Weekly Headings

On the back of 1Q19 solid earnings results and healthy economic data releases, the S&P 500 continued its remarkable move higher this week and closed at a record high (2,933) for the first time since September 2018. To put the strength of the rally into perspective, the S&P 500 is now up 17.5% year-to-date through April 24, which marks the best start to a year since 1975 and the second best over the last 75 years. In addition, with the S&P 500 up ~25% since the Christmas Eve bottom, it is in the 99.6 percentile relative to all other time periods over the past 30 years. This means that the S&P 500 has experienced a stronger 87 trading-day rally (the number of trading days between Christmas Eve until present) only 0.4% of the time. Given the robust rally, it would not be surprising to see a near-term pause in the equity rally or a brief consolidation as the 14 day RSI (relative strength index) rose into overbought territory (a level above 70) and to its highest level (73) since January 2017. Despite this, we remain constructive on the equity market longer term and would use any near-term weakness as a buying opportunity for the following five reasons:

  1. Solid Macro Environment | This morning’s strong reading on 1Q19 GDP* (+3.2%, well above the previous 10 first quarters which averaged +1.1%) and the solid economic data points received thus far for the second quarter (e.g., retail sales and manufacturing surveys) reflect continued above trend economic growth (2019 U.S. GDP forecast: +1.9%) with little risk of recession over the next 12 months. This, in conjunction with the stabilization in global economic momentum following a potential U.S./China trade deal, should provide an attractive environment for equities and risk assets to continue to move higher.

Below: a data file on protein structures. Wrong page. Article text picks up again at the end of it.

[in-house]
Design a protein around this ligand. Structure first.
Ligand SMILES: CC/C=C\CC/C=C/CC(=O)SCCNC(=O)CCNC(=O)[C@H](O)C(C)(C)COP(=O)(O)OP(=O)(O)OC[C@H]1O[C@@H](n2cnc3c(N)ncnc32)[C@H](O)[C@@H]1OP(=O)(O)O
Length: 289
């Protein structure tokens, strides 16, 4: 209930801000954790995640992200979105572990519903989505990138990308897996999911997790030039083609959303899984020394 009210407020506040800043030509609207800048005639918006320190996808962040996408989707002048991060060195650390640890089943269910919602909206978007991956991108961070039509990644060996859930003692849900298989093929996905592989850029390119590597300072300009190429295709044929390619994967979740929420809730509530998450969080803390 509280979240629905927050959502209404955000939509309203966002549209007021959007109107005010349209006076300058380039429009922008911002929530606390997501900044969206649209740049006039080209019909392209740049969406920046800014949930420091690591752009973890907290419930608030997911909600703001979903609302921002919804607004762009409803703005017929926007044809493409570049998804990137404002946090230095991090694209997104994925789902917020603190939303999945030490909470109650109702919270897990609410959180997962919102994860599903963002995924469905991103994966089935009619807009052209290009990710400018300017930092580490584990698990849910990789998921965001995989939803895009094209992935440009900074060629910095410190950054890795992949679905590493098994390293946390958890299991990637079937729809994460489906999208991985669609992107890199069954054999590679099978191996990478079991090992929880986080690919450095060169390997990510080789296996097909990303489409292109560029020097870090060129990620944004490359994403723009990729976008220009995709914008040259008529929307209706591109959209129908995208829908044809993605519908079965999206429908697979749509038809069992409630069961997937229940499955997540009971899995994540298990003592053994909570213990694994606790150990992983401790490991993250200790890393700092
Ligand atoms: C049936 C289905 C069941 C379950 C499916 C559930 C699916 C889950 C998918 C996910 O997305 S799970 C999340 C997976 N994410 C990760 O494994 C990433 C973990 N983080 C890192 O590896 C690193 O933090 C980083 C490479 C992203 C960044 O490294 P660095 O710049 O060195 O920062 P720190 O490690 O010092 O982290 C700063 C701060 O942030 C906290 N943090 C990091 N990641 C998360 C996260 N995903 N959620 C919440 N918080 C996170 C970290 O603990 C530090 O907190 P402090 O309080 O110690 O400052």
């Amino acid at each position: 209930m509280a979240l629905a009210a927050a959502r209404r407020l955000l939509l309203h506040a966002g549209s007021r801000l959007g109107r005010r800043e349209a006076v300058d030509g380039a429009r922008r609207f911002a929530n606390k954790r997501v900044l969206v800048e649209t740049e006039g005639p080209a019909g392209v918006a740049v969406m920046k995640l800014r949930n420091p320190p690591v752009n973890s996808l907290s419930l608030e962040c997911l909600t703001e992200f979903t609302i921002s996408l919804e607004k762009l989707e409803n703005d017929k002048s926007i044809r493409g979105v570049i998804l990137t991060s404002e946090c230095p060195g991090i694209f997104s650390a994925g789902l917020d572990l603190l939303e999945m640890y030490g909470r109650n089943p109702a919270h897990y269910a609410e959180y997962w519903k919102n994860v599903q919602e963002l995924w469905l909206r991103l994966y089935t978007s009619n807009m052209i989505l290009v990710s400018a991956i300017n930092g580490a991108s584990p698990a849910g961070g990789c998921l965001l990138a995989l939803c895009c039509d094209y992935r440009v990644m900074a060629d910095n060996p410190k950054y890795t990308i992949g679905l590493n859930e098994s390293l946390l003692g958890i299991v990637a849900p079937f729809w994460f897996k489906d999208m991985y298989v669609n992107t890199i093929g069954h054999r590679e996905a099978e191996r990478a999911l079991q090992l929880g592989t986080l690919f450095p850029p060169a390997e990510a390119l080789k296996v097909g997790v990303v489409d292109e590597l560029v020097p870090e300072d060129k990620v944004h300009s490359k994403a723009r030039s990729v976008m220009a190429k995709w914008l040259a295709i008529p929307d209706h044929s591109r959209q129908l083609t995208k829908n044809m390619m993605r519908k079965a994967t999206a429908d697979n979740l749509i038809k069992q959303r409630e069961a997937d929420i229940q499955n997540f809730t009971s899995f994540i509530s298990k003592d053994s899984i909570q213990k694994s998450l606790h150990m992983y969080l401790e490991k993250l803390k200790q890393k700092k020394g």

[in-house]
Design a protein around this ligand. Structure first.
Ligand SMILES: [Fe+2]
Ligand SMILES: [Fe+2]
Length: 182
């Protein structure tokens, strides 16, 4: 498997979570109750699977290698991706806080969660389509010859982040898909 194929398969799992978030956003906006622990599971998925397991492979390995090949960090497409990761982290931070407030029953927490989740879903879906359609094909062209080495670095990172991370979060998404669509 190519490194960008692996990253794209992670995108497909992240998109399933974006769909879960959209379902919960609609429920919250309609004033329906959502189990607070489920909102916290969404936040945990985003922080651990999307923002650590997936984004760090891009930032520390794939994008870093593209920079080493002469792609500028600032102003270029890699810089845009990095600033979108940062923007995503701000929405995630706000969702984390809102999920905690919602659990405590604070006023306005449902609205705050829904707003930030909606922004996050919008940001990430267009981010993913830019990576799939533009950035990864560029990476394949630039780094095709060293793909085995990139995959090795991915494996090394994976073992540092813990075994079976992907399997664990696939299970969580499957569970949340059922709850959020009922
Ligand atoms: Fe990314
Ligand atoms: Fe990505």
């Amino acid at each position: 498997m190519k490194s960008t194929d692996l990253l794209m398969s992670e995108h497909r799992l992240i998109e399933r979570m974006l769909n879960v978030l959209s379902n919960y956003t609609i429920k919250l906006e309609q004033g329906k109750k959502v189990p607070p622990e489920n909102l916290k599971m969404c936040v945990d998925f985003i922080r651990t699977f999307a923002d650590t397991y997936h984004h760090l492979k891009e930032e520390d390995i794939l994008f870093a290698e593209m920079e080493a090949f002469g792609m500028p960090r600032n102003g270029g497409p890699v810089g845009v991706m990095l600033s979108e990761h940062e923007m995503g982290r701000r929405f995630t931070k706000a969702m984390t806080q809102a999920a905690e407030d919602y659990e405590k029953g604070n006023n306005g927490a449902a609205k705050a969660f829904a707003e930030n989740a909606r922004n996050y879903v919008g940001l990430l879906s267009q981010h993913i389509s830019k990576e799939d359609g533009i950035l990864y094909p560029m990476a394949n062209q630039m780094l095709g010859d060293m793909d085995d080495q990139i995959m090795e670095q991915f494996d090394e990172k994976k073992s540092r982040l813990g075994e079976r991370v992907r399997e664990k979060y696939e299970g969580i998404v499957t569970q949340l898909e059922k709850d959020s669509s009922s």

2. Fed on the Sideline | The Federal Reserve (Fed) has signaled that it will end its balance sheet run-off process in September and remain on the sideline in 2019 (consistent with our view of zero rate hikes for 2019). In addition, the Fed has insinuated that it may allow both the economy and inflation to run “hotter” before raising interest rates. Lower interest rates should lead to a higher multiple on equity prices and support their upward trajectory.
  3. Earnings Stabilization | Following the sharp downward revision to future earnings expectations over recent months, 2019 (+4.3%) and 2020 (+11.3%) earnings forecasts have stabilized in recent weeks and have actually started to move higher as we have had a strong start to the 1Q19 earnings season. Record levels of earnings and positive earnings growth going forward should continue to push U.S. equities to all-time highs.
  4. Favorable Shareholder Activity | After rising ~10% year-over-year (YoY) in 2018, dividends are expected to grow an additional 7% in 2019 to another record high. As the current S&P 500 dividend yield (+1.9%) remains elevated relative to short-term Treasury yields, U.S. equities remain an attractive investment. In addition, following a record amount of corporate buybacks over the last twelve months, buyback activity remains healthy.
  5. De-Equitization of the Equity Market | S. M&A activity is on pace to post the strongest year on record. As a result, the number of publically-listed U.S. companies is near the lowest level (~4,500) since the 1980s and is down ~50% from its mid-1990s peak. Given that there are now fewer companies for investors to buy, this provides upward pressure on U.S. equity prices. This is referred to as the “de-equitization” of the equity market.

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